When we first moved into our 1927 home in Asheville, one of the first things we noticed was the severe lack of electricity.  Not that electricity was entirely absent, but by today’s standards, there wasn’t much for us to work with.  There were no outlets in any of the bathrooms, bedrooms had two outlets placed in what seemed like after-thought locations, and all rooms (regardless of size) were only wired for a single ceiling or wall light fixture.

Our new master bedroom was easily twice the size of the one we had just moved out of, but the outlet placement and lighting left a little to be desired.  The new master contained what we thought of as a reading/sitting area that sat inside of one of the home’s two front dormers.  The space was roughly 8′ x 8′, and we thought it would make a perfect reading nook with two chairs and a low bookcase.  There was only one problem with the reading nook plan… there was no lighting in the space.  There was however an outlet, and that opened up some possibilities!  We could have put a lamp in the space, but that would have dictated a layout different that what we had envisioned.  Ceiling lighting in that space would have been ideal, but with nothing available, we were forced to get creative. DIY Pulley Light to the rescue.

Our reading niche was dark before we installed a pulley light.

Bring on Craigslist

Always looking for something to upcycle, we immediately turned to Craigslist to see what was being offered up to the masses.  It just so happened that we found someone selling lights from a factory they helped salvage a few months back.  At $20 a pop, they seemed like a good deal, so we made the trip across town to check these babies out.  Suffice to say, after a coat of satin nickel spray paint, they were a perfect fit for the space.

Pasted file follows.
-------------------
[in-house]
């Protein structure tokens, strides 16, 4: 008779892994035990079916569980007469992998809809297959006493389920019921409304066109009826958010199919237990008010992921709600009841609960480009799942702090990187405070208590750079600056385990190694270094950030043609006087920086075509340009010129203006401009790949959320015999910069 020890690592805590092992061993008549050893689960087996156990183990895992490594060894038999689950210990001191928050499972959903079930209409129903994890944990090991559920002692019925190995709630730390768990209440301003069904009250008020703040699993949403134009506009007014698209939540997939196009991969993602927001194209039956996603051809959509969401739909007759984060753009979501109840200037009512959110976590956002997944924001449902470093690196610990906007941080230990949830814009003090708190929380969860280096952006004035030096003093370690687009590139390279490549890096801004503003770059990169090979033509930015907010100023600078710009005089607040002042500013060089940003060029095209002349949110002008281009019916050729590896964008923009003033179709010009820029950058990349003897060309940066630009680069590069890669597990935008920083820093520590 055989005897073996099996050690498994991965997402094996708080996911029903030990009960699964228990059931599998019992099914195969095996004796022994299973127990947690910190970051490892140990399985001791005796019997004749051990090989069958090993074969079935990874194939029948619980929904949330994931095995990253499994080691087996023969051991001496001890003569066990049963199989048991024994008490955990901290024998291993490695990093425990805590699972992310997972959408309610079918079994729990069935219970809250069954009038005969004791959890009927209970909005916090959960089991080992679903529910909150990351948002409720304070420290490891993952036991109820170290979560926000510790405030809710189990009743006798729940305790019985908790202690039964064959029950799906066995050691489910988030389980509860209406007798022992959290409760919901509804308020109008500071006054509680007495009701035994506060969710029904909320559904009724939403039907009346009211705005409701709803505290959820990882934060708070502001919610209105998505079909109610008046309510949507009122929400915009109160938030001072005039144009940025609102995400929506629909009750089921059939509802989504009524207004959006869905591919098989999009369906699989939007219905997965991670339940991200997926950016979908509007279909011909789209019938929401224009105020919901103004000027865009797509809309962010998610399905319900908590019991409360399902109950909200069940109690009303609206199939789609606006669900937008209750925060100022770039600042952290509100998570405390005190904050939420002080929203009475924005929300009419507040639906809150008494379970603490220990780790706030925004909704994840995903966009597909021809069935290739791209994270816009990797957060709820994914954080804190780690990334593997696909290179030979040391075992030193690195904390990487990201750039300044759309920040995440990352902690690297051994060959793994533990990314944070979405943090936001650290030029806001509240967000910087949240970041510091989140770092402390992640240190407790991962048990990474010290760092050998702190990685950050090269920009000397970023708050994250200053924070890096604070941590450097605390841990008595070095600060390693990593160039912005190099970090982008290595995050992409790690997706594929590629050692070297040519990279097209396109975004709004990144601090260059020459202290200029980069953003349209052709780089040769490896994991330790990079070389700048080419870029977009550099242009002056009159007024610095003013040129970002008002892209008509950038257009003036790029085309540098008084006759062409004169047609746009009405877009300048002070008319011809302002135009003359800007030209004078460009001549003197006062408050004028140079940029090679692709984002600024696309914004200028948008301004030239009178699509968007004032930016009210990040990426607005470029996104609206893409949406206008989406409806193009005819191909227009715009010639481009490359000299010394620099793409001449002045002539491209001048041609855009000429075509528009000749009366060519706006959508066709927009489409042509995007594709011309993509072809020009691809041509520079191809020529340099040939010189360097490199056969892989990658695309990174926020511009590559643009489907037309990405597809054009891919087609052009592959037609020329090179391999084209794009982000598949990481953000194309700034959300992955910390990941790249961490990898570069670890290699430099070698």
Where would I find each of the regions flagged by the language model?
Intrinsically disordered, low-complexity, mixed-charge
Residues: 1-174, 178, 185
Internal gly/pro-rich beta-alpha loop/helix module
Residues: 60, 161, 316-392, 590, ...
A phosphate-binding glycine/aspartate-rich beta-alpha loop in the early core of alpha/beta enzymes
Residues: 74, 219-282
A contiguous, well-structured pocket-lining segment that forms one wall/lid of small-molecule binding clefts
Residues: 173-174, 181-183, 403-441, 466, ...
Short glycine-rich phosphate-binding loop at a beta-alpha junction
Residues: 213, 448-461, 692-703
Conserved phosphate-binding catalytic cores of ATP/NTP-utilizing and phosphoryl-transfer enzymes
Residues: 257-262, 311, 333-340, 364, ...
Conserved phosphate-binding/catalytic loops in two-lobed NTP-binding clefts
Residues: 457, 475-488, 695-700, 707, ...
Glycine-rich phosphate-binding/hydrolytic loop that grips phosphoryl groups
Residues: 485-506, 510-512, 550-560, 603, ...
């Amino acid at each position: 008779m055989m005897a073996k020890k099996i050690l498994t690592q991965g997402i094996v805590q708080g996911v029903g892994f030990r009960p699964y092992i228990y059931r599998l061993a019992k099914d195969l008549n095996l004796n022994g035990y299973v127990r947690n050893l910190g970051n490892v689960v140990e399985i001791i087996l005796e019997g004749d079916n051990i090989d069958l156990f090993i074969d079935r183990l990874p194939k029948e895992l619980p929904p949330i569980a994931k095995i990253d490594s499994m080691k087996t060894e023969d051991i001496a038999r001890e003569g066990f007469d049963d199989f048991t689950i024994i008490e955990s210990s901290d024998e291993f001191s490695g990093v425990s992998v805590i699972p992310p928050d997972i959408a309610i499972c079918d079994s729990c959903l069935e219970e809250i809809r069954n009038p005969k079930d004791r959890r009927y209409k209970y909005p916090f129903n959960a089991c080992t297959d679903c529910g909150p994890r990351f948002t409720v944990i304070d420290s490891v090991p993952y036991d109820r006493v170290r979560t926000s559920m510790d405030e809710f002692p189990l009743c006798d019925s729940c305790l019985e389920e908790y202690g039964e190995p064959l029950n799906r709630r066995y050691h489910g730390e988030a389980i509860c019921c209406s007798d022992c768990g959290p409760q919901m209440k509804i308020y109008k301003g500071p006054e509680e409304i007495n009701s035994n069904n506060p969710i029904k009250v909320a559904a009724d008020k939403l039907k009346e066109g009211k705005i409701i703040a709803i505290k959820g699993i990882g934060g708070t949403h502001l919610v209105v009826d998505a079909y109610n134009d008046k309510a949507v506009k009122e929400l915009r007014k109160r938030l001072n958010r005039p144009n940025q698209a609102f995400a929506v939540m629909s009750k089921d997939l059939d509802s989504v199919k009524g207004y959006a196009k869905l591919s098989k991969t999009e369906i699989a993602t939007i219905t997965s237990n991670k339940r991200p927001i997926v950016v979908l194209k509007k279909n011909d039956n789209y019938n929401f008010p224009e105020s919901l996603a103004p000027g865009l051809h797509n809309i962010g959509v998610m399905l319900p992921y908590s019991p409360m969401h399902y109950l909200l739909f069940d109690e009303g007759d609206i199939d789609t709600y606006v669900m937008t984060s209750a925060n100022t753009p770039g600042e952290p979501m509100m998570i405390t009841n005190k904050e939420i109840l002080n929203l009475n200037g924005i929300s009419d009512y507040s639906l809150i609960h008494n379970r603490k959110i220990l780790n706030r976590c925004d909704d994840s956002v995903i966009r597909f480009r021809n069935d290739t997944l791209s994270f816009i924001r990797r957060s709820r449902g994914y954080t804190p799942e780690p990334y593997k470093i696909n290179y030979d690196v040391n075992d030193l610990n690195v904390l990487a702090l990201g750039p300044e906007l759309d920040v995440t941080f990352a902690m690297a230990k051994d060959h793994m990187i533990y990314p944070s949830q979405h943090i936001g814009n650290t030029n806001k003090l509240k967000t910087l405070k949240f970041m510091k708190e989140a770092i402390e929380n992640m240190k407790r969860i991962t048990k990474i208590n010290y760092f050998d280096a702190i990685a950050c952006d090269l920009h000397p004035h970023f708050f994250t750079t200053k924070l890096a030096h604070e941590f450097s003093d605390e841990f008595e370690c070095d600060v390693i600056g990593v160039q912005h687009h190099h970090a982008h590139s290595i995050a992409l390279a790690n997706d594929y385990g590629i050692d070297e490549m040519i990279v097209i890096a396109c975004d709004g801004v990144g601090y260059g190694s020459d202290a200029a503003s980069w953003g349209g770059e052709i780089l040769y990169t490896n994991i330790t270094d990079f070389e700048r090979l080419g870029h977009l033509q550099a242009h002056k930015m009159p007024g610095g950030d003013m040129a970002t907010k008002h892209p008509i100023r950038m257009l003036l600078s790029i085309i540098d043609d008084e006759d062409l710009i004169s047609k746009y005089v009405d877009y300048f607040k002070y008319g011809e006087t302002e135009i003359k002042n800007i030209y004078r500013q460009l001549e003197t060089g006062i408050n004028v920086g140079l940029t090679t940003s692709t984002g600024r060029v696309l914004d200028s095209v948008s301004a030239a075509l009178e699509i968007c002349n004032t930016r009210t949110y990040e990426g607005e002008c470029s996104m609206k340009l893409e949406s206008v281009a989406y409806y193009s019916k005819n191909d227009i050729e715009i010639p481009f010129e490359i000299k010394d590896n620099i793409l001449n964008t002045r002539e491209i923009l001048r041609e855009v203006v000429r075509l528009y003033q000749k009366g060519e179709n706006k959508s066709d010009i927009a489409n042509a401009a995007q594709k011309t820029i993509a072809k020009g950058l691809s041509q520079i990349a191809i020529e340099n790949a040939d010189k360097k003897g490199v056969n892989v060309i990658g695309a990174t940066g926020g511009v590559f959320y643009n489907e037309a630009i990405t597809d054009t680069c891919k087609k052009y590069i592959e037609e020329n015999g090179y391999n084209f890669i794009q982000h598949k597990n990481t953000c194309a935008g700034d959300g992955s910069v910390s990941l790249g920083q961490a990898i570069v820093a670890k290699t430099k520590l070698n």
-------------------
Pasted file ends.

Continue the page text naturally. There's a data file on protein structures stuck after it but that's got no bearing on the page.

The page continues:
Cream colored bleh lights we found on craigslist before we transformed them into fresh, modern pulley lights.

BUT!  We still had to make them work as ceiling lights….

That’s when we had the brilliant idea to use fancy black/white cloth lamp wire, a nautical rope cleat, and galvanized pulleys to 1) hang the light from the ceiling, 2) make a functional DIY pulley light that could be raised or lowered based on lighting preference.

Painted Craigslist light before finishing the pulley light


Installing a DIY Pulley Light Fixture

The first step to this process is to install your pulleys:

  1. Mark the location on the ceiling from where you want your light to hang.  For us, this was the center of the space.  Make a small, tiny, erasable mark – you won’t be covering it up.